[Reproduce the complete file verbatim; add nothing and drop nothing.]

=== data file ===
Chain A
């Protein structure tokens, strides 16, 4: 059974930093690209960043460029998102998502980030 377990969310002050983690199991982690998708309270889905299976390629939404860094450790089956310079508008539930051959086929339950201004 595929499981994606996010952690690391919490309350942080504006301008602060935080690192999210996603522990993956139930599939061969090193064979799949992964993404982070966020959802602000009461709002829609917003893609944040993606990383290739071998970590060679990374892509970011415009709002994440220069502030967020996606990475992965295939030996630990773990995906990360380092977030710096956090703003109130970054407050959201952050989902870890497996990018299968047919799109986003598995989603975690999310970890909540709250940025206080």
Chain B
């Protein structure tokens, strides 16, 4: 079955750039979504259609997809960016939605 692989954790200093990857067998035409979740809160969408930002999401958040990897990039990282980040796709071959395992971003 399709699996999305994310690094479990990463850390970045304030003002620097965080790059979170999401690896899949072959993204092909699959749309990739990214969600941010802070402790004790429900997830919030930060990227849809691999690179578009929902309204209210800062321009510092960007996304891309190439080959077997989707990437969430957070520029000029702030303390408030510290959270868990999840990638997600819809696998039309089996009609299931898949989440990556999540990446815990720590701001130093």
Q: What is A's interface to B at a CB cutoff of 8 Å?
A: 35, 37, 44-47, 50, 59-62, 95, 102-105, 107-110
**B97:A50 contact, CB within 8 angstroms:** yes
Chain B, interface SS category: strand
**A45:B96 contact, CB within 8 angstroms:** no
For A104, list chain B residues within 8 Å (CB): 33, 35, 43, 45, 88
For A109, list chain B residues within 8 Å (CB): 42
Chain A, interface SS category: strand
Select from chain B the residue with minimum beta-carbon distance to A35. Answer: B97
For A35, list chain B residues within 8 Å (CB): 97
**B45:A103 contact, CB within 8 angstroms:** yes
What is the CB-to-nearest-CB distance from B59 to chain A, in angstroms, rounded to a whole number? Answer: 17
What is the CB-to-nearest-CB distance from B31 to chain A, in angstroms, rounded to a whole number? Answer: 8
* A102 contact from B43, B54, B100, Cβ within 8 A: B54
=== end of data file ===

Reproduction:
Chain A
């Protein structure tokens, strides 16, 4: 059974930093690209960043460029998102998502980030 377990969310002050983690199991982690998708309270889905299976390629939404860094450790089956310079508008539930051959086929339950201004 595929499981994606996010952690690391919490309350942080504006301008602060935080690192999210996603522990993956139930599939061969090193064979799949992964993404982070966020959802602000009461709002829609917003893609944040993606990383290739071998970590060679990374892509970011415009709002994440220069502030967020996606990475992965295939030996630990773990995906990360380092977030710096956090703003109130970054407050959201952050989902870890497996990018299968047919799109986003598995989603975690999310970890909540709250940025206080």
Chain B
């Protein structure tokens, strides 16, 4: 079955750039979504259609997809960016939605 692989954790200093990857067998035409979740809160969408930002999401958040990897990039990282980040796709071959395992971003 399709699996999305994310690094479990990463850390970045304030003002620097965080790059979170999401690896899949072959993204092909699959749309990739990214969600941010802070402790004790429900997830919030930060990227849809691999690179578009929902309204209210800062321009510092960007996304891309190439080959077997989707990437969430957070520029000029702030303390408030510290959270868990999840990638997600819809696998039309089996009609299931898949989440990556999540990446815990720590701001130093």
Q: What is A's interface to B at a CB cutoff of 8 Å?
A: 35, 37, 44-47, 50, 59-62, 95, 102-105, 107-110
**B97:A50 contact, CB within 8 angstroms:** yes
Chain B, interface SS category: strand
**A45:B96 contact, CB within 8 angstroms:** no
For A104, list chain B residues within 8 Å (CB): 33, 35, 43, 45, 88
For A109, list chain B residues within 8 Å (CB): 42
Chain A, interface SS category: strand
Select from chain B the residue with minimum beta-carbon distance to A35. Answer: B97
For A35, list chain B residues within 8 Å (CB): 97
**B45:A103 contact, CB within 8 angstroms:** yes
What is the CB-to-nearest-CB distance from B59 to chain A, in angstroms, rounded to a whole number? Answer: 17
What is the CB-to-nearest-CB distance from B31 to chain A, in angstroms, rounded to a whole number? Answer: 8
* A102 contact from B43, B54, B100, Cβ within 8 A: B54